Note: "permalinks" may not be as permanent as we would like,
direct links of old sources may well be a few messages off.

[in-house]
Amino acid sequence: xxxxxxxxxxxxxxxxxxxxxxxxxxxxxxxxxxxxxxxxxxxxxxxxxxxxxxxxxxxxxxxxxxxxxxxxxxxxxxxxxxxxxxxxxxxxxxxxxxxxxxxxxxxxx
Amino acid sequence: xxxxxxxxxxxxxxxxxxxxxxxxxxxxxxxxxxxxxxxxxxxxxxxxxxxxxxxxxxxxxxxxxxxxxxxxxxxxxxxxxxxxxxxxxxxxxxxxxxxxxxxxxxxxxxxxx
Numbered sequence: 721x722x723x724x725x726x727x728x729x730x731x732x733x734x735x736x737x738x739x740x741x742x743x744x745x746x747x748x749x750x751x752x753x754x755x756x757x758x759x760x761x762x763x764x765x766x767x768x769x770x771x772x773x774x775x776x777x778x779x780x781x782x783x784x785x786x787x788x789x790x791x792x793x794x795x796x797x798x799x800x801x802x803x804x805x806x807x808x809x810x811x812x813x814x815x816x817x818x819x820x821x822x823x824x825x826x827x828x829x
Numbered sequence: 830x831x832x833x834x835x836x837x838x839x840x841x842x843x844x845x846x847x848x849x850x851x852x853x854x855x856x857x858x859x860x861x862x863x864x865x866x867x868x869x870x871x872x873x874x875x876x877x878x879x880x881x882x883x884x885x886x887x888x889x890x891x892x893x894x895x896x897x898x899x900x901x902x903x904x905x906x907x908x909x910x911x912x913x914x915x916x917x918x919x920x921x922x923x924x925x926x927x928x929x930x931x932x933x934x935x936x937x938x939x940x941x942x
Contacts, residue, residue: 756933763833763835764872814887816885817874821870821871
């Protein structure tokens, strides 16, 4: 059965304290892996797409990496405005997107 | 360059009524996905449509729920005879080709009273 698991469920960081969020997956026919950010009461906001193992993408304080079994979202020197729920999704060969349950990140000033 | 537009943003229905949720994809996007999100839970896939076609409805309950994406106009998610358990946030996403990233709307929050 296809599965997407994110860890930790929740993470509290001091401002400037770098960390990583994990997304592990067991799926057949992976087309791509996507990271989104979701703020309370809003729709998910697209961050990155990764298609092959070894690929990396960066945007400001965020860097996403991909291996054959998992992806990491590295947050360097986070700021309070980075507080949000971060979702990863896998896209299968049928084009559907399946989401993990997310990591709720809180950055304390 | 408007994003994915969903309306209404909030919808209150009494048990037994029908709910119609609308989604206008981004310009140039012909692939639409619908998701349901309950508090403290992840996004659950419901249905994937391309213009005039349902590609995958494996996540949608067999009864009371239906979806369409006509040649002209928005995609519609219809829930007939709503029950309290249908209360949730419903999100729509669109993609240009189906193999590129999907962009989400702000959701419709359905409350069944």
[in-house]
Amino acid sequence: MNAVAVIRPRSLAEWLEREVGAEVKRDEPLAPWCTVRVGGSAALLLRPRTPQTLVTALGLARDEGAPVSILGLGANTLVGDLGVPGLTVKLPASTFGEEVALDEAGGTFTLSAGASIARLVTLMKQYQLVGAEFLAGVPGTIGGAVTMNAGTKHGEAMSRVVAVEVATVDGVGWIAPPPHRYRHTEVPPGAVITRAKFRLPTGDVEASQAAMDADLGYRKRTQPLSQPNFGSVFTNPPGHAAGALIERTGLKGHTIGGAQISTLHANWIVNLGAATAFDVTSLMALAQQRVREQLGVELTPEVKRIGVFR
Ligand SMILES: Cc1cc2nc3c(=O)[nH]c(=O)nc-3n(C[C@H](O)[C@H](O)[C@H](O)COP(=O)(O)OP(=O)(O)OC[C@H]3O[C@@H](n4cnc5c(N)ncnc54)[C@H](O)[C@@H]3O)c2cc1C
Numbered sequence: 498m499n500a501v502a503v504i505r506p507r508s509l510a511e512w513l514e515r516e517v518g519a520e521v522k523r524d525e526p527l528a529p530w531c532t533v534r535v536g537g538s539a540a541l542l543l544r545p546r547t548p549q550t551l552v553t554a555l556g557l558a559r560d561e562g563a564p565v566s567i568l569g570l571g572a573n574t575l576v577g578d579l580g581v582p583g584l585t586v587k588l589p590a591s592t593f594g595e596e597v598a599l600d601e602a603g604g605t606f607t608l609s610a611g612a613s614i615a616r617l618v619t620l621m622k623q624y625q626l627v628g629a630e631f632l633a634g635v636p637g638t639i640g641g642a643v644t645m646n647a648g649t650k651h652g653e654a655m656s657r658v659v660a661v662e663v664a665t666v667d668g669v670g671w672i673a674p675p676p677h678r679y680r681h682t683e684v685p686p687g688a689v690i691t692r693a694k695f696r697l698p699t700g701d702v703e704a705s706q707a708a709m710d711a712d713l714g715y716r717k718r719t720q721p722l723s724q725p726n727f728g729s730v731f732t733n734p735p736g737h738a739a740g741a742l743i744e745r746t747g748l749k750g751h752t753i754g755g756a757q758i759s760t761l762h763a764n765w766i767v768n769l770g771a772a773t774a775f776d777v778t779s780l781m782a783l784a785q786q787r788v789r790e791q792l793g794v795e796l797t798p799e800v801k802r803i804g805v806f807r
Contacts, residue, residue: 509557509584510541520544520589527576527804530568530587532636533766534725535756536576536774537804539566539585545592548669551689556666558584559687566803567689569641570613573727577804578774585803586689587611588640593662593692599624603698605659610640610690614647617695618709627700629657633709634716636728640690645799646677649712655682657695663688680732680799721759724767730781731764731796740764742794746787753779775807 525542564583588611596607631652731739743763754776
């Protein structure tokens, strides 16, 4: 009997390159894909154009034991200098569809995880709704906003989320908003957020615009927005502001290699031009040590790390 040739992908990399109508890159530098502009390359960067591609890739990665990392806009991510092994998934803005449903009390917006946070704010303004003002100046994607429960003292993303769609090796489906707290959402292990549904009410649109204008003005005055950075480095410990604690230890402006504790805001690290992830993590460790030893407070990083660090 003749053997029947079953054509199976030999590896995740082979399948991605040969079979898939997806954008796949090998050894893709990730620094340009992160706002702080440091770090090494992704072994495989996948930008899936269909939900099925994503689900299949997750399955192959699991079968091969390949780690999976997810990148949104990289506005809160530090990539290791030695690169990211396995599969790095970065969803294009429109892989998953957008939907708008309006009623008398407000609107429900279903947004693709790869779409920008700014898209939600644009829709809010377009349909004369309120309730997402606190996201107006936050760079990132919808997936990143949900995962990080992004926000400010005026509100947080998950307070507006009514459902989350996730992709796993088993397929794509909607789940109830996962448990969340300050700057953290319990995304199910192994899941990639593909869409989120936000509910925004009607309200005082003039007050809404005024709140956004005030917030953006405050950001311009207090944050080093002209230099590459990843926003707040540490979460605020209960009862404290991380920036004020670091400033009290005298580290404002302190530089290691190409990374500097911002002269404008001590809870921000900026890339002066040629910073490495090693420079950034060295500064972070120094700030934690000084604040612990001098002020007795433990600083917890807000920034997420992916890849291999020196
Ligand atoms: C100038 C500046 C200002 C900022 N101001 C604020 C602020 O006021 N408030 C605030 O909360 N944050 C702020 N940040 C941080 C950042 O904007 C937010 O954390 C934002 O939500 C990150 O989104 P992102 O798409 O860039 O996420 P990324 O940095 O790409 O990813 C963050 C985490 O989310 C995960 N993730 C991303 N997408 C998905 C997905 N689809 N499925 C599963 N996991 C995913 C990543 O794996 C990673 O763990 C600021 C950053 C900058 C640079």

On Wed, Mar 02, 2005 at 12:09:36PM -0500, Todd Denniston wrote: > Eugene Crosser wrote: > > Brett Bolen wrote: ... > > > Does /var/lib/nfs in a shared directory take care of these things? > > > I've seen cases where the file system goes away ( without drbd), > > > but the nfs clients continue to operated as if there was a > > > file system ( nfs caching?). ... > > Second, *if* you export shares for networks rathar than individual IP > > addresses, you *must* have /var/lib/nfs symlinked (or mounted) onto > > filesystem residing on DRBD device. Otherwise you will get EPERM errors > > after failover, and will have to remount shares on the clients. > > > <SNIP> > > Having /var/lib/nfs on a DRBD device (or simlinked) is how the howto > showed it and works great, why would you not want to share this state > information between the servers? I need some clarification on this. I have tried it both ways and have had a little better luck with having /var/lib/nfs be separate on the two servers than having it be a symlink to the shared filesystem. I have not seen EPERM errors after failover, but I do sometimes have NFS filesystems show up in 'df' on some clients as having some huge number of free blocks (which I assumed was a misinterpretation of -1) until I do "exportfs -r" on the new active server. Is that an EPERM error? It usually is not on all clients, just some of the ones in the netgroup that the filesystem is exported-to (and I've even seen it when explicitly listing all the hosts in /etc/exports). I'm quite sure I saw these problems with /var/lib/nfs as a symlink to the shared fileserver or not. If I make /var/lib/nfs a symlink to the shared filesystem, then it disappears on the standby server and 'df' hangs there when it gets up to the shared filesystem which I have mounted from the activer server by NFS. Is it in general a Very Bad Thing to NFS-mount the shared filesystem on the HA-NFS servers? I have never seen anybody explicitly state that, although I'm beginning to come to that conclusion. I've had problems with fuser hanging on failover, and even after avoiding that I still sometimes see hangs on shutdown that I'm quite sure are related to operations attempting to access the non-responding NFS mountpoint. In my case the shared filesystem holds almost everybody's home directories so it's rather a pain to not be able to access them on the standby shared file server. I need to allow people to log in to the active server so I'd have to have their home directories be set up there to be symlinks directly to the mounted filesystem (because that's how we do CVS accesses to avoid problems with CVS over NFS), but that means that when a failover happens every process that is directly accessing the filesystem will get killed which isn't very friendly. - Dave Dykstra